Abnormal salience network in normal aging and in amnestic mild cognitive impairment and Alzheimer's disease

Authors

  • Xiaoxi He,

    1. Department of Radiology and Tianjin Key Laboratory of Functional Imaging, Tianjin Medical University General Hospital, Tianjin, China
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    • X.H., W.Q., and Y.L. contributed equally to this work.

  • Wen Qin,

    1. Department of Radiology and Tianjin Key Laboratory of Functional Imaging, Tianjin Medical University General Hospital, Tianjin, China
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    • X.H., W.Q., and Y.L. contributed equally to this work.

  • Yong Liu,

    1. Brainnetome Center, Institute of Automation, Chinese Academy of Sciences, Beijing, China
    2. National Laboratory of Pattern Recognition, Institute of Automation, Chinese Academy of Sciences, Beijing, China
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    • X.H., W.Q., and Y.L. contributed equally to this work.

  • Xinqing Zhang,

    1. Department of Neurology, Xuanwu Hospital, Capital Medical University, Beijing, China
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  • Yunyun Duan,

    1. Department of Radiology, Xuanwu Hospital, Capital Medical University, Beijing, China
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  • Jinyu Song,

    1. Department of Radiology and Tianjin Key Laboratory of Functional Imaging, Tianjin Medical University General Hospital, Tianjin, China
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  • Kuncheng Li,

    1. Department of Radiology, Xuanwu Hospital, Capital Medical University, Beijing, China
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  • Tianzi Jiang,

    1. Brainnetome Center, Institute of Automation, Chinese Academy of Sciences, Beijing, China
    2. National Laboratory of Pattern Recognition, Institute of Automation, Chinese Academy of Sciences, Beijing, China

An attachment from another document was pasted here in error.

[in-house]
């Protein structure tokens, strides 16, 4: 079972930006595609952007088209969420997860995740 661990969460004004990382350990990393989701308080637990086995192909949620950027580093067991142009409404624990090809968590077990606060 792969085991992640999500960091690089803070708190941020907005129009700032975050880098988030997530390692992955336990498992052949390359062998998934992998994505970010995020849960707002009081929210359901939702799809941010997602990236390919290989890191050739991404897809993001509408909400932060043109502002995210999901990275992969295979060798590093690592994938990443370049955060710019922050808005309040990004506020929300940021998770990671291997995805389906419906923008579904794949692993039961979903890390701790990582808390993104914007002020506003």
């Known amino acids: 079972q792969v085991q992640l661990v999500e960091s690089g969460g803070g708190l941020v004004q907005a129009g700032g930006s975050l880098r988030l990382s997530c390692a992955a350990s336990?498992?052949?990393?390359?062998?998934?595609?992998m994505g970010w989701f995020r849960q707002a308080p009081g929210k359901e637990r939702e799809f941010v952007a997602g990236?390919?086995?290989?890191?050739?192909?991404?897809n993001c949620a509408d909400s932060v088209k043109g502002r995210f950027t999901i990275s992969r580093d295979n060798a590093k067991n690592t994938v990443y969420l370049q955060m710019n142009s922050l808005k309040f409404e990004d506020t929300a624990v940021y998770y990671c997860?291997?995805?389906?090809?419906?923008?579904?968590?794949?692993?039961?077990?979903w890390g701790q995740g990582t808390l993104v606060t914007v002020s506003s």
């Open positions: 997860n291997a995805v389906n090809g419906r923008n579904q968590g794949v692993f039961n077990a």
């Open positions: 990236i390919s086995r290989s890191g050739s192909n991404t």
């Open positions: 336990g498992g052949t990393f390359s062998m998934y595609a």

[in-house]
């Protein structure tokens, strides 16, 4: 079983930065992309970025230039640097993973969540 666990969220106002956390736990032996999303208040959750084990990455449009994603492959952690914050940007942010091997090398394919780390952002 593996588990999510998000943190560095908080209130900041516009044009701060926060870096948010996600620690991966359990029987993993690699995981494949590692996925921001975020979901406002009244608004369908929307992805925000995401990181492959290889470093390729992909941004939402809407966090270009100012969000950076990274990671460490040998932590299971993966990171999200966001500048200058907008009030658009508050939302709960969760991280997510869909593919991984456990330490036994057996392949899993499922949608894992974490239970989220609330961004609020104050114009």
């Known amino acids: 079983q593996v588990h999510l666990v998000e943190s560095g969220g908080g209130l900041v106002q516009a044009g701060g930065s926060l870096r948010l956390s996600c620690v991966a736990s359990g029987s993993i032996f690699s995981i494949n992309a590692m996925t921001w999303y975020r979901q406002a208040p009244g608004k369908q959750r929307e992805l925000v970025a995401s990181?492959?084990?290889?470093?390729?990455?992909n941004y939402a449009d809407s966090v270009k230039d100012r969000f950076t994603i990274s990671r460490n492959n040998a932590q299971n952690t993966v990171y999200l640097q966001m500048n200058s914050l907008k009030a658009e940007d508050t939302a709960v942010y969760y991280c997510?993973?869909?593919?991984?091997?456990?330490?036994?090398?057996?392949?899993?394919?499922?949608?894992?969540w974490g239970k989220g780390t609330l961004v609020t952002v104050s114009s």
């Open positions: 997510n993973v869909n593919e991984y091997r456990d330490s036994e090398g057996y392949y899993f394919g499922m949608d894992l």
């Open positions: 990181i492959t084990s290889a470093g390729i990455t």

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  • Chunshui Yu

    Corresponding author
    1. Department of Radiology and Tianjin Key Laboratory of Functional Imaging, Tianjin Medical University General Hospital, Tianjin, China
    • Correspondence to: Chunshui Yu, Department of Radiology, Tianjin Medical University General Hospital, No. 154, Anshan Road, Heping District, Tianjin 300052, China. E-mail: chunshuiyu@tijmu.edu.cn

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Abstract

The salience network (SN) serves to identify salient stimuli and to switch between the central executive network (CEN) and the default-mode network (DMN), both of which are impaired in Alzheimer's disease (AD)/amnestic mild cognitive impairment (aMCI). We hypothesized that both the structural and functional organization of the SN and functional interactions between the SN and CEN/DMN are altered in normal aging and in AD/aMCI. Gray matter volume (GMV) and resting-state functional connectivity (FC) were analyzed from healthy younger (HYC) to older controls (HOC) and from HOC to aMCI and AD patients. All the SN components showed significant differences in the GMV, intranetwork FC, and internetwork FC between the HYC and HOC. Most of the SN components showed differences in the GMV between the HOC and AD and between the aMCI and AD. Compared with the HOC, AD patients exhibited significant differences in intra- and internetwork FCs of the SN, whereas aMCI patients demonstrated differences in internetwork FC of the SN. Most of the GMVs and internetwork FCs of the SN and part of the intranetwork FC of the SN were correlated with cognitive differences in older subjects. Our findings suggested that structural and functional impairments of the SN may occur as early as in normal aging and that functional disconnection between the SN and CEN/ DMN may also be associated with both normal aging and disease progression. Hum Brain Mapp 35:3446–3464, 2014. © 2013 Wiley Periodicals, Inc.

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